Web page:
Kaitlyn Arquette

Our daughter, Kaitlyn Arquette, 18, was murdered in Albuquerque on July 16, 1989. The Albuquerque Police Department dubbed the murder a "random drive-by shooting" and refused to investigate any other possibility, despite strong evidence that Kait was deliberately murdered because she was preparing to blow the whistle on organized crime that appears to be protected by certain police officers.

On the night she was killed, Kait came by our home to tell us that she was breaking up with her live-in Vietnamese boyfriend, Dung Nguyen. She said she was going to visit a friend and if Dung called trying to find her not to say where she was. When she left her friend's house at 10:30 p.m., driving in the direction of our house, she was shot to death in her car.

While we were at the hospital waiting for Kait to die, a friend of Kait's told us that Dung Nguyen and his friends were involved in an interstate insurance fraud ring that Kait had threatened to expose. The following night we called police to our home and gave this information to the case detective. The report of that meeting, (the only one APD ever had with our family), was withheld from Kait's case file.

With the help of private investigators and insurance claims investigators, we uncovered extensive information about this crime ring. An Quoc Le, the Albuquerque control man for the insurance scam, was Dung's alibi for the night of the shooting. The capper in Orange County, CA, has been identified as Bao N. Tran, housemate of convicted arsonist, Hong Phuc Duy Van. An Quoc Le would hire people from Albuquerque to fly to California, rent or steal cars, and then stage wrecks, claiming fake injuries. Bao Tran would pay the participants $1,500, while he and the crooked doctors and lawyers would rake in the Big Money. At our insistence, the case detective interviewed Dung, who confessed to personal involvement in two staged wrecks, one of which Kait witnessed. Dung subsequently told Deputy D.A. Susan Riedel that he knew of up to 20 other people in Albuquerque who were also involved. APD did not question these people and did not share the information with law enforcement authorities in California. Several members of this crime ring have since been identified as car thieves, interstate drug dealers and participants in a racket to steal and sell computer chips. APD has never taken statements from any of those subjects.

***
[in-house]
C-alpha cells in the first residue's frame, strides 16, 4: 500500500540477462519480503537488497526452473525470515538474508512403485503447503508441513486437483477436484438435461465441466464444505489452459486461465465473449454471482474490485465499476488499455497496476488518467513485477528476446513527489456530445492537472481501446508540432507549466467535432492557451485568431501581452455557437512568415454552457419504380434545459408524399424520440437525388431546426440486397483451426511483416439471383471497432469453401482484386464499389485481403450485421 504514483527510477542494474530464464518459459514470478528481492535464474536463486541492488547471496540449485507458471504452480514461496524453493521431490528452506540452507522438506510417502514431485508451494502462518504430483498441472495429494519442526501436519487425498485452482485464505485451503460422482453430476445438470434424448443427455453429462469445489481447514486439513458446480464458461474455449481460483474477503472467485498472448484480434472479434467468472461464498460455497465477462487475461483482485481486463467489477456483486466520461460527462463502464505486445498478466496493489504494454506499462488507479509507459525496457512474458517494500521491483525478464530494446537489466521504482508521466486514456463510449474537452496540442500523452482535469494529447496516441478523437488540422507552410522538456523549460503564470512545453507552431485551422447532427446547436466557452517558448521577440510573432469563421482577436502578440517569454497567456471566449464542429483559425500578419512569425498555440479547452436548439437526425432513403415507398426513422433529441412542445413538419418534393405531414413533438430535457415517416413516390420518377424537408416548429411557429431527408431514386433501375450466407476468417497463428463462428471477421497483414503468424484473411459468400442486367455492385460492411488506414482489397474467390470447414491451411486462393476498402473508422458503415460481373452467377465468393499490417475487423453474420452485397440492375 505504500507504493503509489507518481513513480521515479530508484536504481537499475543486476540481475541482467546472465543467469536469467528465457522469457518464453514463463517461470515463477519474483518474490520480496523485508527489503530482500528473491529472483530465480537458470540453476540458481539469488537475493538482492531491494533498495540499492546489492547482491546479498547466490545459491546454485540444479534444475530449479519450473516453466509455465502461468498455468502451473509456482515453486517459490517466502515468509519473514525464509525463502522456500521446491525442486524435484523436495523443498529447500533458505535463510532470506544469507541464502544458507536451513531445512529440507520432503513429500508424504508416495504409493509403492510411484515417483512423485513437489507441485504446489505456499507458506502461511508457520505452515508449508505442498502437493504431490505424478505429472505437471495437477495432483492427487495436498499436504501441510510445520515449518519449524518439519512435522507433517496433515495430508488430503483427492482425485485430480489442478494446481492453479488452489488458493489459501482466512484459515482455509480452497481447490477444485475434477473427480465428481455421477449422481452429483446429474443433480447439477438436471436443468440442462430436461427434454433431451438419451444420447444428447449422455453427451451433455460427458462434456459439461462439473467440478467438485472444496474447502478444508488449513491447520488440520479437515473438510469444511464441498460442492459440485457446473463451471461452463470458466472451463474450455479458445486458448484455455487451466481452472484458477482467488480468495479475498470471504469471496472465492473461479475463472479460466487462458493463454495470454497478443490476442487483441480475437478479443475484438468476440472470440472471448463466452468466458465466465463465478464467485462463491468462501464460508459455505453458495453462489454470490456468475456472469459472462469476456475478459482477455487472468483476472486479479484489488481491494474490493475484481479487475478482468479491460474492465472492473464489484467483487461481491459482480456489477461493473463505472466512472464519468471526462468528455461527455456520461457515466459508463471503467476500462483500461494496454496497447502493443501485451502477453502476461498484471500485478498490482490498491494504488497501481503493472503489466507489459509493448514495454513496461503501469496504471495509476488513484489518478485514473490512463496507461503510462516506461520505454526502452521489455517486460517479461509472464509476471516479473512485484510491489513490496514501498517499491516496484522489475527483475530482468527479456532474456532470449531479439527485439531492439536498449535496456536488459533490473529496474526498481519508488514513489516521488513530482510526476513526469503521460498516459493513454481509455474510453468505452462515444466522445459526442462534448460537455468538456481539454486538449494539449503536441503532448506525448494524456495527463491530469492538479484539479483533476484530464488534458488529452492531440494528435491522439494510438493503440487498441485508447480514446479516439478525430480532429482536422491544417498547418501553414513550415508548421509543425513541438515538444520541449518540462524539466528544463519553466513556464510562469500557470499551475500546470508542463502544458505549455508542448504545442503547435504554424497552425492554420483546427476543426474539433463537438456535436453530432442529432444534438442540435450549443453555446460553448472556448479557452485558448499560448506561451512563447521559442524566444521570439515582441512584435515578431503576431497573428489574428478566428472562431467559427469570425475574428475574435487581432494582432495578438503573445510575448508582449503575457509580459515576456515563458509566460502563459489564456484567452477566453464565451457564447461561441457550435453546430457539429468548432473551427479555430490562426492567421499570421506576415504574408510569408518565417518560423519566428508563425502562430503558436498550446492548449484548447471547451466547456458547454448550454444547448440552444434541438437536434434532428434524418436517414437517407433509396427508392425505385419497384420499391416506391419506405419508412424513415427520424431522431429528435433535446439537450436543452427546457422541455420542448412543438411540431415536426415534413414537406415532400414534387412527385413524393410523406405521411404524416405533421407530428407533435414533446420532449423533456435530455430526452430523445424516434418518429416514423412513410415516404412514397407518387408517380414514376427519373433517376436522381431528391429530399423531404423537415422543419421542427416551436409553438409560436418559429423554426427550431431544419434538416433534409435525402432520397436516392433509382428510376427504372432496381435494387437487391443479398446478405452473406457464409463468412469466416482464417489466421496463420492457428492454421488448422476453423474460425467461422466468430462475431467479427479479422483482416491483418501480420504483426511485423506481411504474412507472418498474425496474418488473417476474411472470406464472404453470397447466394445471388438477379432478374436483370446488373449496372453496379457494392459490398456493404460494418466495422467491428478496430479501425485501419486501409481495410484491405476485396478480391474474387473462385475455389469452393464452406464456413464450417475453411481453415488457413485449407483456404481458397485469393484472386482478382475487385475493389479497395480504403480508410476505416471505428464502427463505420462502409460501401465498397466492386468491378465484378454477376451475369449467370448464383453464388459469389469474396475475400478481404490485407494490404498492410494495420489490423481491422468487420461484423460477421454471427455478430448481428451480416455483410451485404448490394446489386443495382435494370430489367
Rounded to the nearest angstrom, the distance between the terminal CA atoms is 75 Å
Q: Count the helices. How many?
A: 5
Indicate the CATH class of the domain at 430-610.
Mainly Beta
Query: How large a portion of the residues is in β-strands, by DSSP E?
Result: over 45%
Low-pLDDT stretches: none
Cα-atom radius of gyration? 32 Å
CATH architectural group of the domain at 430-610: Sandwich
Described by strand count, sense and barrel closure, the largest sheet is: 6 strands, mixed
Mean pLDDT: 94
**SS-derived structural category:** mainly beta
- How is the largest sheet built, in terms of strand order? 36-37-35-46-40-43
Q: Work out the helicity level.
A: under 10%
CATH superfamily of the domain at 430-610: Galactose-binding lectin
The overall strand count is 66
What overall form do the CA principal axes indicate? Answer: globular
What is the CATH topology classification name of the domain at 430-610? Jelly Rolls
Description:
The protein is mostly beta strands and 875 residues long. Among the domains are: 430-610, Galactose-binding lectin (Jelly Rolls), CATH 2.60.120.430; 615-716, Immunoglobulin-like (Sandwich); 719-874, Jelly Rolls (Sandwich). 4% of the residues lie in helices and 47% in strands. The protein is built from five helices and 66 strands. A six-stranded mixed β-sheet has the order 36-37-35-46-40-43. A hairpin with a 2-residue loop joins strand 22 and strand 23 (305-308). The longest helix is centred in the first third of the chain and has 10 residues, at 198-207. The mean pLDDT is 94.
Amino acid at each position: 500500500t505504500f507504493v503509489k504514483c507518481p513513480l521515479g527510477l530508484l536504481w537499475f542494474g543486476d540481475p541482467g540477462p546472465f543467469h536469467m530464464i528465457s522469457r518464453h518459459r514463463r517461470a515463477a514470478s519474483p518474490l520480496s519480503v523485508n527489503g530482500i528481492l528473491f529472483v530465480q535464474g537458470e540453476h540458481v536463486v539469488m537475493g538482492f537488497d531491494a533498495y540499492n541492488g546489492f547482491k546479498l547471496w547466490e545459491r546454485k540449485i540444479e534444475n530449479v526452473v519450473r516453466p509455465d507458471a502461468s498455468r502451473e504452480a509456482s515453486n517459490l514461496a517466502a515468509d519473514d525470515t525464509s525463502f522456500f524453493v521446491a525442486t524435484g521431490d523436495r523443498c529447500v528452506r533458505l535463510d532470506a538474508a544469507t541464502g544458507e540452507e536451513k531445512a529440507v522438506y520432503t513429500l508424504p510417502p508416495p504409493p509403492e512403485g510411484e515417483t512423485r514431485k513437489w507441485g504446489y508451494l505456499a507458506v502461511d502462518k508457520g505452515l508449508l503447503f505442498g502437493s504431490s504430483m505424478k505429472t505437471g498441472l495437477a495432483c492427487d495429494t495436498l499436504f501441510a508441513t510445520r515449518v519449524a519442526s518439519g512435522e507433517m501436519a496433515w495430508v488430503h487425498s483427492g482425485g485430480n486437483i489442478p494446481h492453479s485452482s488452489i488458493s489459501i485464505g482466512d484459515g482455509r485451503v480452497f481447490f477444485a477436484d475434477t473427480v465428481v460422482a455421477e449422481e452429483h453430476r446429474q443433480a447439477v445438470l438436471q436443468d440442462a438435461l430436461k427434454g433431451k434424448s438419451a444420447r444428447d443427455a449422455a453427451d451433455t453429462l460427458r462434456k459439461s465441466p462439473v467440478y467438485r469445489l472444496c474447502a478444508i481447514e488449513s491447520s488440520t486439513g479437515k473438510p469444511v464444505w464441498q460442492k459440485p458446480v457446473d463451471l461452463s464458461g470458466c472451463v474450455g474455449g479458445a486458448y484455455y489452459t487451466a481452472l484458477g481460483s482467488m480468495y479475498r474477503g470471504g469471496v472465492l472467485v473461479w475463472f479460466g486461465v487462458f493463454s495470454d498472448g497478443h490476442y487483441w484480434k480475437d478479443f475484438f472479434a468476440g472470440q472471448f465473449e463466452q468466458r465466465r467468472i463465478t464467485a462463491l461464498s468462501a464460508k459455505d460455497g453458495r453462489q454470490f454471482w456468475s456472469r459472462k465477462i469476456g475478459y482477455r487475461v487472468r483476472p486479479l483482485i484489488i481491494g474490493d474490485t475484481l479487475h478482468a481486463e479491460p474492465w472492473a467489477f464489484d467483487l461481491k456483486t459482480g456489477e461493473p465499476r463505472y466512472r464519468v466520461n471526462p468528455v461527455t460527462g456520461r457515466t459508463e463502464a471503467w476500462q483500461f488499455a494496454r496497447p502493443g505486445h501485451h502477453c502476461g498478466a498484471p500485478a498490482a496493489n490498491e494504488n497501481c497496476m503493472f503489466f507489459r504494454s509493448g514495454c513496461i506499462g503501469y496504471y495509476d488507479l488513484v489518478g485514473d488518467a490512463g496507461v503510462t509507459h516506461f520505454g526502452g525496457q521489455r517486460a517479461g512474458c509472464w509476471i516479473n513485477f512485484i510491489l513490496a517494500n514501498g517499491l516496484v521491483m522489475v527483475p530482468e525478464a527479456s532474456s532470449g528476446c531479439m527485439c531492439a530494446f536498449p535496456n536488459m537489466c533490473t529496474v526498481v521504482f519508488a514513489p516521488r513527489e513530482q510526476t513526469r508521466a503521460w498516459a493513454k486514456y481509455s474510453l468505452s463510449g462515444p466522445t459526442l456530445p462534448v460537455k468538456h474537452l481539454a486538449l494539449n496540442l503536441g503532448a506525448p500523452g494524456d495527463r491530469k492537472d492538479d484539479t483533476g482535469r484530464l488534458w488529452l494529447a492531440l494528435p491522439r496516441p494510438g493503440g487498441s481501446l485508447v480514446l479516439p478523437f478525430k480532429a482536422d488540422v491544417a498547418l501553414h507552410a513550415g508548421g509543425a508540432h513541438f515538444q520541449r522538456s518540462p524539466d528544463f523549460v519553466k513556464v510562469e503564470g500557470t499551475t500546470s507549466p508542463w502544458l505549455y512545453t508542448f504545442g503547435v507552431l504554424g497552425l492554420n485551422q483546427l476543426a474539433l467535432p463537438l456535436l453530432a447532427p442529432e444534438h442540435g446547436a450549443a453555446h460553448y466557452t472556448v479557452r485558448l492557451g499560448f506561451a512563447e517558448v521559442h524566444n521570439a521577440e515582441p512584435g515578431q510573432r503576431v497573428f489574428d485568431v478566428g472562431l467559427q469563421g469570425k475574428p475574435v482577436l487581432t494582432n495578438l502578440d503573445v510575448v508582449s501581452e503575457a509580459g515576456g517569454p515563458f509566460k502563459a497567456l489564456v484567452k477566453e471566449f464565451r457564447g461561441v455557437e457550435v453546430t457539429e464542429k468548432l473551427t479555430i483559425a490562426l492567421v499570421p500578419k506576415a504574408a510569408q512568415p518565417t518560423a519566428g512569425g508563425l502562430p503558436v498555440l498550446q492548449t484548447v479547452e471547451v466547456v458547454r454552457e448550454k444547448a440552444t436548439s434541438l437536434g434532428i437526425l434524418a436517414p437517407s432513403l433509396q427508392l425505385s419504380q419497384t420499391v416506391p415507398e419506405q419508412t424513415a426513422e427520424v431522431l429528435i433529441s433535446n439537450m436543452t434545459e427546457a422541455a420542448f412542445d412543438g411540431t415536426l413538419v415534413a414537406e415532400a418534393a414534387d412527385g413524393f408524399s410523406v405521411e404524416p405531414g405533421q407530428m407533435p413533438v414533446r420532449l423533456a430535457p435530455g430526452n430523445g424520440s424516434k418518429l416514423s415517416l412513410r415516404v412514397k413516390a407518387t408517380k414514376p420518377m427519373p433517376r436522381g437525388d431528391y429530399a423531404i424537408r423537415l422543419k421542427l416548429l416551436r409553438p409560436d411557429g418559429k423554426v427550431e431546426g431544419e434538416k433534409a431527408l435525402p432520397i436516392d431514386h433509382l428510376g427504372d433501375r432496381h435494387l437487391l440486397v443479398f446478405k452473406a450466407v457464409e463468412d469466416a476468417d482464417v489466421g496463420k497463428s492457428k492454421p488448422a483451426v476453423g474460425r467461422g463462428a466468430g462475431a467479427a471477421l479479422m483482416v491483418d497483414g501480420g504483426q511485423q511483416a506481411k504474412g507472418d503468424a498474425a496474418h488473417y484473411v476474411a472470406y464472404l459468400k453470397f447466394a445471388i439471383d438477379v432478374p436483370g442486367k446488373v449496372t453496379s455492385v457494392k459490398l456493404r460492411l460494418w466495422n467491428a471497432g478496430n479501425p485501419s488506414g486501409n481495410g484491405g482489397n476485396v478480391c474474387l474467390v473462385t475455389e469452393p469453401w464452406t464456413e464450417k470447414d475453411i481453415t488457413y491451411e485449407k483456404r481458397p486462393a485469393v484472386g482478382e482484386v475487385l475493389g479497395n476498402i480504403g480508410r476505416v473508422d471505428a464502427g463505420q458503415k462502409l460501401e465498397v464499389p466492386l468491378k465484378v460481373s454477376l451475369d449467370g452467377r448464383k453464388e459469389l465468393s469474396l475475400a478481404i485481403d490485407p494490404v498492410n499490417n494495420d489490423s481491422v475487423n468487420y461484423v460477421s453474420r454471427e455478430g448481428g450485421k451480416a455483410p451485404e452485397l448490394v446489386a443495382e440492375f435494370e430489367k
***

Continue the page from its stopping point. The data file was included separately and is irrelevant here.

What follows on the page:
Examples of other information that APD has refused to follow up on:

-- An affidavit from a witness stating that Dung phoned her before midnight to tell her Kait was dead. This was three hours before police informed Dung of the shooting.

-- An affectionate note Dung told police Kait left for him that police consider evidence that Kait wasn't breaking up with him. A handwriting expert has verified that the note is not in Kait's handwriting.

-- Phone calls made by An Quoc Le from Kait's apartment as soon as Kait died to inform Bao Tran, the insurance fraud capper in California.

-- Information in Kait's apartment file that she was terrified of Dung's friends and shortly before her murder had her locks changed to keep them out, but they broke in anyway, and she fled to the manager's apartment for fear of physical assault.

-- The fact that within days after Kait's murder, five people closely linked to her case suffered mysterious slashings and stabbings, apparent attempts to intimidate witnesses.

-- A statement from Kait's neighbor that he saw her followed from her apartment on the night of her death by a VW bug. Witnesses saw a VW bug leave the crime scene immediately after hearing shots. (An Quoc Le owned a VW bug.)

-- The presence at the crime scene of Paul Apodaca, a man who is linked to An Quoc Le and is also linked to APD through his alleged drug dealer, Lee, who is the brother of an APD undercover narcotics agent. Police allowed Apodaca to leave the scene, and never questioned him as either a suspect or witness, despite the fact that Apodaca had a long court record of violent assaults upon women.